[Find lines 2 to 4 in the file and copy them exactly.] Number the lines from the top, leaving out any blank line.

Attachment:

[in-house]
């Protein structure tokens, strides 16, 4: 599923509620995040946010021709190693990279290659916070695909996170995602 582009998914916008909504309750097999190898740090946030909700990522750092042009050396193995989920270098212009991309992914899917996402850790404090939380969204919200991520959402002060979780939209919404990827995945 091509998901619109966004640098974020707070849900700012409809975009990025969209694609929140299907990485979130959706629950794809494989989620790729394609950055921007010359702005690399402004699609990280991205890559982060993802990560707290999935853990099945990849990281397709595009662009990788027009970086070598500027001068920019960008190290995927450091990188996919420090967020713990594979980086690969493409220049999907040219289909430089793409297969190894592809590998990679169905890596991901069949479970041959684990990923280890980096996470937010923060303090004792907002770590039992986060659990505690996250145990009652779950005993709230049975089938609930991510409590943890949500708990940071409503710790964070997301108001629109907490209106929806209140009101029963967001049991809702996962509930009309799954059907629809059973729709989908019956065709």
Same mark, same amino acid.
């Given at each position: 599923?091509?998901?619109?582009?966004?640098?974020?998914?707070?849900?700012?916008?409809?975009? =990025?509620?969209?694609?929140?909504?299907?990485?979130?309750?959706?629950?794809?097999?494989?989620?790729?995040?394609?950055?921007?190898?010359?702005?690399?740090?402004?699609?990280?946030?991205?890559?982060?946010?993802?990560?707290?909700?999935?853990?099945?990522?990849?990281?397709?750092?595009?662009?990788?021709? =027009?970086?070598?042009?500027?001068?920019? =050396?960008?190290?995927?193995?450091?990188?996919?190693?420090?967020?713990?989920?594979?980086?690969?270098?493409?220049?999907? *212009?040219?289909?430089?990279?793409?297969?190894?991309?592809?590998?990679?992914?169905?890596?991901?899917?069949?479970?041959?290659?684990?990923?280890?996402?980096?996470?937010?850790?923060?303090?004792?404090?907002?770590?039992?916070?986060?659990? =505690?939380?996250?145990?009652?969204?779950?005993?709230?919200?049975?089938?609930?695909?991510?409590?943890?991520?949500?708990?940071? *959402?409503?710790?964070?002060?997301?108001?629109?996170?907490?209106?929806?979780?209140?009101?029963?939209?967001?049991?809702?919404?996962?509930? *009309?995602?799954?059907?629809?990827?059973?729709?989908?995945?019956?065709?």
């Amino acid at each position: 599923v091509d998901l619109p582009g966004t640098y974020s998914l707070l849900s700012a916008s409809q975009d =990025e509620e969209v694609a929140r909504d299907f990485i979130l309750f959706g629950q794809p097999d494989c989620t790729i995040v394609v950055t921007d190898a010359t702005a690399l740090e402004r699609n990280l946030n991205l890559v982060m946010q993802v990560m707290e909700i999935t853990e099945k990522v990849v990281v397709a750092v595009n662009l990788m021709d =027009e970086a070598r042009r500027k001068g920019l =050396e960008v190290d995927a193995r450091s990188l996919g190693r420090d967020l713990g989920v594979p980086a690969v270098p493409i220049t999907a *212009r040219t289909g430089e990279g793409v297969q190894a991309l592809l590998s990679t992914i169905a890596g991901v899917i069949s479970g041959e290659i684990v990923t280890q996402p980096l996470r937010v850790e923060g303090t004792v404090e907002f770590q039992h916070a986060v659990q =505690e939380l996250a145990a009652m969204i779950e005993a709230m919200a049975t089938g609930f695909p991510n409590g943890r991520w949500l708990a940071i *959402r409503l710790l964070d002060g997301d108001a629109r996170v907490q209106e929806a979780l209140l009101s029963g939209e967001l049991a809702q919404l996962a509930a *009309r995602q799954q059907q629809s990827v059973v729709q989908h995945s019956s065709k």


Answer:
């Protein structure tokens, strides 16, 4: 599923509620995040946010021709190693990279290659916070695909996170995602 582009998914916008909504309750097999190898740090946030909700990522750092042009050396193995989920270098212009991309992914899917996402850790404090939380969204919200991520959402002060979780939209919404990827995945 091509998901619109966004640098974020707070849900700012409809975009990025969209694609929140299907990485979130959706629950794809494989989620790729394609950055921007010359702005690399402004699609990280991205890559982060993802990560707290999935853990099945990849990281397709595009662009990788027009970086070598500027001068920019960008190290995927450091990188996919420090967020713990594979980086690969493409220049999907040219289909430089793409297969190894592809590998990679169905890596991901069949479970041959684990990923280890980096996470937010923060303090004792907002770590039992986060659990505690996250145990009652779950005993709230049975089938609930991510409590943890949500708990940071409503710790964070997301108001629109907490209106929806209140009101029963967001049991809702996962509930009309799954059907629809059973729709989908019956065709």
Same mark, same amino acid.
């Given at each position: 599923?091509?998901?619109?582009?966004?640098?974020?998914?707070?849900?700012?916008?409809?975009? =990025?509620?969209?694609?929140?909504?299907?990485?979130?309750?959706?629950?794809?097999?494989?989620?790729?995040?394609?950055?921007?190898?010359?702005?690399?740090?402004?699609?990280?946030?991205?890559?982060?946010?993802?990560?707290?909700?999935?853990?099945?990522?990849?990281?397709?750092?595009?662009?990788?021709? =027009?970086?070598?042009?500027?001068?920019? =050396?960008?190290?995927?193995?450091?990188?996919?190693?420090?967020?713990?989920?594979?980086?690969?270098?493409?220049?999907? *212009?040219?289909?430089?990279?793409?297969?190894?991309?592809?590998?990679?992914?169905?890596?991901?899917?069949?479970?041959?290659?684990?990923?280890?996402?980096?996470?937010?850790?923060?303090?004792?404090?907002?770590?039992?916070?986060?659990? =505690?939380?996250?145990?009652?969204?779950?005993?709230?919200?049975?089938?609930?695909?991510?409590?943890?991520?949500?708990?940071? *959402?409503?710790?964070?002060?997301?108001?629109?996170?907490?209106?929806?979780?209140?009101?029963?939209?967001?049991?809702?919404?996962?509930? *009309?995602?799954?059907?629809?990827?059973?729709?989908?995945?019956?065709?």